This class covers the basis of treatment using the eight principle and secondary vessel pathology. Students learn to formulate a treatment using the information gathered from pulse and tongue diagnosis. Practical use of classical point categories such as antique points, influential points and windows of the sky points in the treatment of eight principle disease patterns will be covered.
It is in this class that the prior three quarter of TCM theory begin to flower and faculty can see the "light bulb go on", as students get a sense of how well the TCM theory fits together.  At this point, students are beginning their next phase of clinic and now have responsibility of using this information in a clinical setting.
A continuation of Anatomy 1, this course is an in-depth study of visceral structure and physiologic function of the human body.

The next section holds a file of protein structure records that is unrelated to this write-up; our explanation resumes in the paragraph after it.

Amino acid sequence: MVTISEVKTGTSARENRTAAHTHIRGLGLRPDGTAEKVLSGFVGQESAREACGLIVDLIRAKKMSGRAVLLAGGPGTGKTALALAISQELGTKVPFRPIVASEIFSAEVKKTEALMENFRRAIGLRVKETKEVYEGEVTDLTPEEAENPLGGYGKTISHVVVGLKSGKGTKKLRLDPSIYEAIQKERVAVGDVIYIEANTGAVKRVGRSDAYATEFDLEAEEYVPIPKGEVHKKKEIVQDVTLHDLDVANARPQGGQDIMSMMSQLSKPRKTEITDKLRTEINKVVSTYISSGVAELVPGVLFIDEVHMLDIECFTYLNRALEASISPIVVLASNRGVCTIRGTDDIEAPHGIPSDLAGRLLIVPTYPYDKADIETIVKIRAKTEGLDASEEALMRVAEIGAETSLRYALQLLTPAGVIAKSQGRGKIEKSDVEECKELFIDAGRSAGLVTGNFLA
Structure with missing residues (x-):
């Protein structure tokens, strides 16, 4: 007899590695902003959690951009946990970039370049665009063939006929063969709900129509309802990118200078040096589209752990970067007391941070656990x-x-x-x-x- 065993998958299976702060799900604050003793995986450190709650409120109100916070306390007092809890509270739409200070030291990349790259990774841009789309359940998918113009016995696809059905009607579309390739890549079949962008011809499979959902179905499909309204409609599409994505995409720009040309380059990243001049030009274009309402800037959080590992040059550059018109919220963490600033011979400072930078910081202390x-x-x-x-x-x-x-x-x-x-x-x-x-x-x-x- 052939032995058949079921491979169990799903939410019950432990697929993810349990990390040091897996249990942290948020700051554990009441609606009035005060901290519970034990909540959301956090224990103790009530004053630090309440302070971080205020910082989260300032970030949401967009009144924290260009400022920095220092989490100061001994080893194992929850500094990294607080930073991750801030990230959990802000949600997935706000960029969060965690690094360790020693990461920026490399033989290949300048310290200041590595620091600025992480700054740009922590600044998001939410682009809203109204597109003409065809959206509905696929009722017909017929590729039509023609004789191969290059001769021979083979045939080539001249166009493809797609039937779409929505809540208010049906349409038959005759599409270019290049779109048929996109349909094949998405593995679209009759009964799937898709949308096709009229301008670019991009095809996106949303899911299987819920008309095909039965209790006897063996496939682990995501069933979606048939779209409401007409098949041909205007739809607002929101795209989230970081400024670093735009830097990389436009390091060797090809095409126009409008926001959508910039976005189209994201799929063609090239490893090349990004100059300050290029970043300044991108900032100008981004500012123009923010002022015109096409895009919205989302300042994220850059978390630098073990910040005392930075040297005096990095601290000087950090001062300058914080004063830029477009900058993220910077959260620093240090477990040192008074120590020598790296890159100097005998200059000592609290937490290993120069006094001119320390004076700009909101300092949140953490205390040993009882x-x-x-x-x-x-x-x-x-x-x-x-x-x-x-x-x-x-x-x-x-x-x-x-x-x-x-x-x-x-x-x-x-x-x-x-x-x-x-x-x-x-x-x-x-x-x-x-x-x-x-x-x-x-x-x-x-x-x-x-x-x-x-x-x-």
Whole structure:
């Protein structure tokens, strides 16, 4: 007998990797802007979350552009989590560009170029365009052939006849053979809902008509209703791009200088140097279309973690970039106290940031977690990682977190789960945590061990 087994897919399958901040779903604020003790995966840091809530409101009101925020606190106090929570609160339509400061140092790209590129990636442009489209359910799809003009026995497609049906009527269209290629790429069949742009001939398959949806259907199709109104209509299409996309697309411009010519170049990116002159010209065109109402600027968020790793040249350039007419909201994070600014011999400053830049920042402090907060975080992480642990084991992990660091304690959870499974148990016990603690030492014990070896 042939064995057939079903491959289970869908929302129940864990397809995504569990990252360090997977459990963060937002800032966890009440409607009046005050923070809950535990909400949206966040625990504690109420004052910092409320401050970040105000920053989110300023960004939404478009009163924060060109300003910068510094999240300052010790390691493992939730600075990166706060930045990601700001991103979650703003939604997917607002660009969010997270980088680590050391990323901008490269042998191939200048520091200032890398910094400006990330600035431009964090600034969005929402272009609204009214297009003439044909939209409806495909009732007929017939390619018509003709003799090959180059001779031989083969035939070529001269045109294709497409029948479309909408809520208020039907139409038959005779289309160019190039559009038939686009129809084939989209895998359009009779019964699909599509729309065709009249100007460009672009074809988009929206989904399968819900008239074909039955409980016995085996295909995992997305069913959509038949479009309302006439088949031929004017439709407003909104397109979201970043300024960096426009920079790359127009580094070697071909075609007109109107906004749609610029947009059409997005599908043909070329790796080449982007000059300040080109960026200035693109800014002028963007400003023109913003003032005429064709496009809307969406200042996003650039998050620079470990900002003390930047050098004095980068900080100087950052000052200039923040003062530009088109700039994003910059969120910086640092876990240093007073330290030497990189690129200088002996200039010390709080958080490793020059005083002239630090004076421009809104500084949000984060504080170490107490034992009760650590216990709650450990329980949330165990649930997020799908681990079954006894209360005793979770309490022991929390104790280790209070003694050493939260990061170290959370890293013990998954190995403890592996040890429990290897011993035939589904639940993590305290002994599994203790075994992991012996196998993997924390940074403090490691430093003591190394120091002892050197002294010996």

This course is an in-depth study of the somatic structure of the human body: skeletal, muscular, ligamentous, and an introduction to the peripheral nerves. There is attention given to the palpatory anatomy that will be needed for Point Location and Needle Technique classes.
In this course, students are oriented to the procedures and protocol needed to successfully complete internship. Physical assessment skills needed in the practice of Oriental Medicine are covered including: vital signs, temperature, pulse, and blood pressure. Standards of history taking, SOAP noting and unique documentation found in TCM clinical records are part of this course.
This course includes discussion that brings up pertinent issues in healthcare practice and examines the approach taken by a counselor. It focuses on ethical decision-making and the patient practitioner relationship.
The directed learning paper traces the development of Chinese medicine including: the classics, historical figures and periods, and a discussion of important theoretical developments. It gives students a respect for the ancient traditions from which the modern, clinical practice of TCM developed.